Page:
Choosing and Caring for your Baby’s Bottles

Whether you are bottle feeding exclusively or want to express breast milk and feed it to your baby using a bottle, it can be tricky to find the right bottles for your baby; there are so many on the market, and each variety promises something different.

Types of Baby Bottles

There are a number of differently shaped baby feeding bottles on the market. These may be shaped to suit your hand while holding them, or they may be designed for an older baby to hold onto. Anti-colic bottles are usually shaped to allow less air to enter them so your baby swallows less air. These bottles often have vents and need to be held a certain way up. Always read the instructions of a new bottle type to make sure you are getting the best out of them. One of the most important aspects of any bottle is the material it is made from; choose bottles made from ‘safe? plastics; check they are BPA free and never overheat them.

There are different teats, and the range may seem daunting but in general, your baby will let you know what type of teat they like best. If your child seems to choke or spit out milk as if they are getting too much, then the hole in the teat is too big, whereas if they seem to be sucking very hard at the teat, they may benefit from a bigger hole. Teats can be changed to suit the age of your baby, so always check the age recommendation on new teats. There are teats designed to be used alongside breastfeeding; these tend to be more realistically ?nipple-shaped? with soft surrounds to allow baby to latch onto the teat in the way they would latch onto the breast. The idea is that your baby will not confuse the nipple with the teat and find it difficult to breastfeed. Some people feel that these bottles do not eliminate nipple confusion, while others feel that they do help combine breast and bottle feeding.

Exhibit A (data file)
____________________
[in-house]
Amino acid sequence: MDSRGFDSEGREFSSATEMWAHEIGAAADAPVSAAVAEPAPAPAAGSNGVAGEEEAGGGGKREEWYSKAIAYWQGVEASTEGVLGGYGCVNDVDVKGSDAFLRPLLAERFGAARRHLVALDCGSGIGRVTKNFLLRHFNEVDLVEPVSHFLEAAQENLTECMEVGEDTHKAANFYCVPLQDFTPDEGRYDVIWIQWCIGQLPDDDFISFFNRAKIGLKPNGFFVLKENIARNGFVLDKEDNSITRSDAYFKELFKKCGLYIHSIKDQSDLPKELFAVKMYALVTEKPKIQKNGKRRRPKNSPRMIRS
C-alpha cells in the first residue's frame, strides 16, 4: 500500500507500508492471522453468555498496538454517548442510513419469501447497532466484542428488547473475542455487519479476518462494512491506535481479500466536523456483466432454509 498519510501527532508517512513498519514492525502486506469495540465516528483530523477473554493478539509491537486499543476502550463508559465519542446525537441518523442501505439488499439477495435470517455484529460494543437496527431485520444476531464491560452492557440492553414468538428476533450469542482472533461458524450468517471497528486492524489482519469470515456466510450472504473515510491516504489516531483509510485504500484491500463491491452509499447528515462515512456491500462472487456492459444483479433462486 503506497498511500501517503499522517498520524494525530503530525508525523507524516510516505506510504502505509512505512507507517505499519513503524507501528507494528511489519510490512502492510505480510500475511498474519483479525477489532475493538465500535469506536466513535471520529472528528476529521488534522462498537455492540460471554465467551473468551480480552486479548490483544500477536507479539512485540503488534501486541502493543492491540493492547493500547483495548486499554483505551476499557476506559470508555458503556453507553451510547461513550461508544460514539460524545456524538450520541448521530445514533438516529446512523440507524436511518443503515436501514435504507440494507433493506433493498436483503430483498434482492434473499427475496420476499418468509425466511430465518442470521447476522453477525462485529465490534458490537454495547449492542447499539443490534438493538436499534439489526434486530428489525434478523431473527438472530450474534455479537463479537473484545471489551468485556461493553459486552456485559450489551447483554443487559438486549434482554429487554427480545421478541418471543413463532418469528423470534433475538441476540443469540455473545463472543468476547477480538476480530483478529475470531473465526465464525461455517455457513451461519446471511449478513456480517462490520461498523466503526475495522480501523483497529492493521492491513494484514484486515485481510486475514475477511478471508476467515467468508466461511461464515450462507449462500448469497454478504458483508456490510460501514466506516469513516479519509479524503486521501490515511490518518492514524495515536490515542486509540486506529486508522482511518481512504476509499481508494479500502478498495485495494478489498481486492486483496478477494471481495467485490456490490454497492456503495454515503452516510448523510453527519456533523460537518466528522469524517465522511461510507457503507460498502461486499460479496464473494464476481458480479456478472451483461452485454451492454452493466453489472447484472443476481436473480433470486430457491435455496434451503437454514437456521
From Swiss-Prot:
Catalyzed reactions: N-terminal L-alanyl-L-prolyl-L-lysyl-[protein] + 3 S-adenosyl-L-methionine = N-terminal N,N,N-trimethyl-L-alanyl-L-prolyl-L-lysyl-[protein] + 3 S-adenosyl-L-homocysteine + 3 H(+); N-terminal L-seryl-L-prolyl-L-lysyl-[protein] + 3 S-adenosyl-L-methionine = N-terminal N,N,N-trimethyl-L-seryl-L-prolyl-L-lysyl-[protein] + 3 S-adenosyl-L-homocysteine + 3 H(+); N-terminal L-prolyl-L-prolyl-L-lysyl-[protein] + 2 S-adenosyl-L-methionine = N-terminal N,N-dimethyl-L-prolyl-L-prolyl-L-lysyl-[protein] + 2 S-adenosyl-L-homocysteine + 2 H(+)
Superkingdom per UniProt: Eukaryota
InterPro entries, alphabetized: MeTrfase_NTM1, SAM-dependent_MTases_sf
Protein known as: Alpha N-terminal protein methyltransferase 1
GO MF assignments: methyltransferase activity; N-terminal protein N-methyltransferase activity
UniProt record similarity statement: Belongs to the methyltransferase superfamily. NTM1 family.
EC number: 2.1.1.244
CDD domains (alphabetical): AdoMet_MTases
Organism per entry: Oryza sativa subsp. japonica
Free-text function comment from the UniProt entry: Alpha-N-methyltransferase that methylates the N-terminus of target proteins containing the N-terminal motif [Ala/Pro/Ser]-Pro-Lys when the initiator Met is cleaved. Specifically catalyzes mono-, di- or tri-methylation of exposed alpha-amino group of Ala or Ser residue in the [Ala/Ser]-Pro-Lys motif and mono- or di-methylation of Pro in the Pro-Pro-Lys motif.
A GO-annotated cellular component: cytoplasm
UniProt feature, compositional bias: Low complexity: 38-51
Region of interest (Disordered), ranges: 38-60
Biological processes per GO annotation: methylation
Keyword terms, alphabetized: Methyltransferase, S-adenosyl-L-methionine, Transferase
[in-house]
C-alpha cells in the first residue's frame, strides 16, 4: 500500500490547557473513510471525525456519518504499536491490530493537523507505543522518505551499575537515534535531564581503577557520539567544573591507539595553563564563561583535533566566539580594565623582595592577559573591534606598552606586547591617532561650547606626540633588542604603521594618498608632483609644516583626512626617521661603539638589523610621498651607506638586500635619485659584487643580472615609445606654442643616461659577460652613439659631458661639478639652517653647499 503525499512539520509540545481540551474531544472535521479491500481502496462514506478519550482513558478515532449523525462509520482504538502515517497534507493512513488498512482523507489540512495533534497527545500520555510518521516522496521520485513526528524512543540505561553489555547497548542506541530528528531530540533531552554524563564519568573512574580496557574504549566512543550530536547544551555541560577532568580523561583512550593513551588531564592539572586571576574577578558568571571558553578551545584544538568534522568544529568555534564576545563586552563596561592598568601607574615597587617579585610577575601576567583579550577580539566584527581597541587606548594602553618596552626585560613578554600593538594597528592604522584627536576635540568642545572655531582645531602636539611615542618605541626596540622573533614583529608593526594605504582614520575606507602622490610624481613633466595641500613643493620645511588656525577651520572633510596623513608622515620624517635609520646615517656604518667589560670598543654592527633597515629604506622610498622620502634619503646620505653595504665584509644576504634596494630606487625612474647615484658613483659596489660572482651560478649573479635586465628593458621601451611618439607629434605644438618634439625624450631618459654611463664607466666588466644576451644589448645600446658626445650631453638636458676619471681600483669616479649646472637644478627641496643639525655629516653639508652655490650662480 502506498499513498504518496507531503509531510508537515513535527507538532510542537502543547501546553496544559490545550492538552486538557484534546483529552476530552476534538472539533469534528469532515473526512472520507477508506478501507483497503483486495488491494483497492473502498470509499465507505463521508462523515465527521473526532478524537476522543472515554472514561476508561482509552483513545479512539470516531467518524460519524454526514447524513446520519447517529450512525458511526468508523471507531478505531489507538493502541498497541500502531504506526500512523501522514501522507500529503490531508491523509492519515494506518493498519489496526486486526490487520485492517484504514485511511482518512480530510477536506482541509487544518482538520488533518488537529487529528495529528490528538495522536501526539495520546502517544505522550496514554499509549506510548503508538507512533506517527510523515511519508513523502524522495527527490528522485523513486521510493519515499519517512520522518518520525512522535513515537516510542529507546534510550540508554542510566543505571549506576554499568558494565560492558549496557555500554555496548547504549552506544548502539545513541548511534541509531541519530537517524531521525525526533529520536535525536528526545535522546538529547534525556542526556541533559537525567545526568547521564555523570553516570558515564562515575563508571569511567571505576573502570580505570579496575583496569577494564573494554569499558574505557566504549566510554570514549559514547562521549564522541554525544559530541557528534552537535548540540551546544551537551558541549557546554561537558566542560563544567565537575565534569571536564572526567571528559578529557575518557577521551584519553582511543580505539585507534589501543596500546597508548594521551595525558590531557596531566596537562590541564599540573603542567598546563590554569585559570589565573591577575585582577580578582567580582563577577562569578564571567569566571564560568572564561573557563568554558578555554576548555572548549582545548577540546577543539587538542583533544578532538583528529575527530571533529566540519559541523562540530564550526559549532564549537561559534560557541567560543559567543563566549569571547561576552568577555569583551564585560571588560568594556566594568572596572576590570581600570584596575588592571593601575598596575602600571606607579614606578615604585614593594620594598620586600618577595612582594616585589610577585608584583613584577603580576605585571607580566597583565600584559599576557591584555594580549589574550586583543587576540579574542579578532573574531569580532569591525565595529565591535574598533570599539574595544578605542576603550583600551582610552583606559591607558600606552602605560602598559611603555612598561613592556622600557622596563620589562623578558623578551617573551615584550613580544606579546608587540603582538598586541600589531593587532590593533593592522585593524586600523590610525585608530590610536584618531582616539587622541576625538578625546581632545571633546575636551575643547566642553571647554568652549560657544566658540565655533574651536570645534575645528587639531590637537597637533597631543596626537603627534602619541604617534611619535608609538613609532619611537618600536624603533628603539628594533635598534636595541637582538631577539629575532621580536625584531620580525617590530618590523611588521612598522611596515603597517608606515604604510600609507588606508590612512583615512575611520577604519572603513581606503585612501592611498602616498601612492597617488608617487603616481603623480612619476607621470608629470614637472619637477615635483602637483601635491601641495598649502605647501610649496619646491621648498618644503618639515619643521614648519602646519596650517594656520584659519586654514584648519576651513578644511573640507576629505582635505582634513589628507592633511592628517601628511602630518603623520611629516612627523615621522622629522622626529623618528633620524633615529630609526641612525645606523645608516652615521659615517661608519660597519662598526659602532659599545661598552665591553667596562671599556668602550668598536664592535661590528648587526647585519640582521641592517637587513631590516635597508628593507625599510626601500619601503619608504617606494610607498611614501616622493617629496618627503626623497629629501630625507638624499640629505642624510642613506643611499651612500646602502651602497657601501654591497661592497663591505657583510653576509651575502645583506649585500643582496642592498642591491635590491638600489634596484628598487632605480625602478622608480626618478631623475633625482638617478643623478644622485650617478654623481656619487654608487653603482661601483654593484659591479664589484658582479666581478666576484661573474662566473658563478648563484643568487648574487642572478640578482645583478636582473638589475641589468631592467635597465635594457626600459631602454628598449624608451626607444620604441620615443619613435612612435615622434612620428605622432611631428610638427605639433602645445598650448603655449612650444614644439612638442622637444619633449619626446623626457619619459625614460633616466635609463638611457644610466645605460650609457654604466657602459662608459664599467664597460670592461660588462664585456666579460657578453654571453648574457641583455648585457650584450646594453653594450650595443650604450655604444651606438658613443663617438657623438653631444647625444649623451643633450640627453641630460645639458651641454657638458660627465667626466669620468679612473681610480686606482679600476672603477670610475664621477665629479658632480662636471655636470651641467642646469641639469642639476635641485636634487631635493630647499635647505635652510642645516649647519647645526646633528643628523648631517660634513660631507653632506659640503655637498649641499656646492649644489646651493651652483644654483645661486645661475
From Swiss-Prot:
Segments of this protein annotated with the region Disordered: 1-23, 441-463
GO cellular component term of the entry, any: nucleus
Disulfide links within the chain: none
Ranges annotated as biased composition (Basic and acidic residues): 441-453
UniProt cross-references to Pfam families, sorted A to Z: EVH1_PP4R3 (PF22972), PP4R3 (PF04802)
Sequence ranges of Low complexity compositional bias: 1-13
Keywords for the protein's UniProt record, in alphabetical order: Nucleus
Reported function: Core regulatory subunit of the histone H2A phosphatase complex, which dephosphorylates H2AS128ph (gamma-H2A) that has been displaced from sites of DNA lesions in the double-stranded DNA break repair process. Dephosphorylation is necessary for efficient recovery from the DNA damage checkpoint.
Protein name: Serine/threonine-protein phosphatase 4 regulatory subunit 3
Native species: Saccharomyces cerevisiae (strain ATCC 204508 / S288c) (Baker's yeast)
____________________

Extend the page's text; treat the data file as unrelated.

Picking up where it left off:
Sterilizing Baby Bottles

There are many different methods of sterilizing bottles and it is important that you master the system you choose. Bottles should always be washed in hot, soapy water before sterilizing. There are stand-alone sterilizing units that plug in and sterilize a number of bottles at the same time and there are microwave sterilizers. You can also get inserts for your dishwasher that allow you to clean baby bottles and teats effectively in the dishwasher or use sterilizing solution in cold water.

Signs of Wear and Tear

Teats and bottles don?t last forever and it is important that you check them regularly for signs of wear and tear that may indicate they need to be replaced. Bottles should be thrown away of they have any cracks or chips in them. Not only is this dangerous due to sharp edges and leaks, they can also harbour bacteria in the cracks. Teats may need to be replaced more often than the bottles themselves; keep an eye out for breaks and cracks, signs the teat is getting thin or losing colour and signs the teat is becoming misshapen. Milk or formula should drip from the teat rather than pour out; make sure there are no tears or breaks around the hole in the teat as this can cause too much milk to flow out and can be dangerous for your feeding child. When it comes to baby-feeding equipment, it is always better to err on the side of caution; if in doubt, throw it out (check recycling services in your area).

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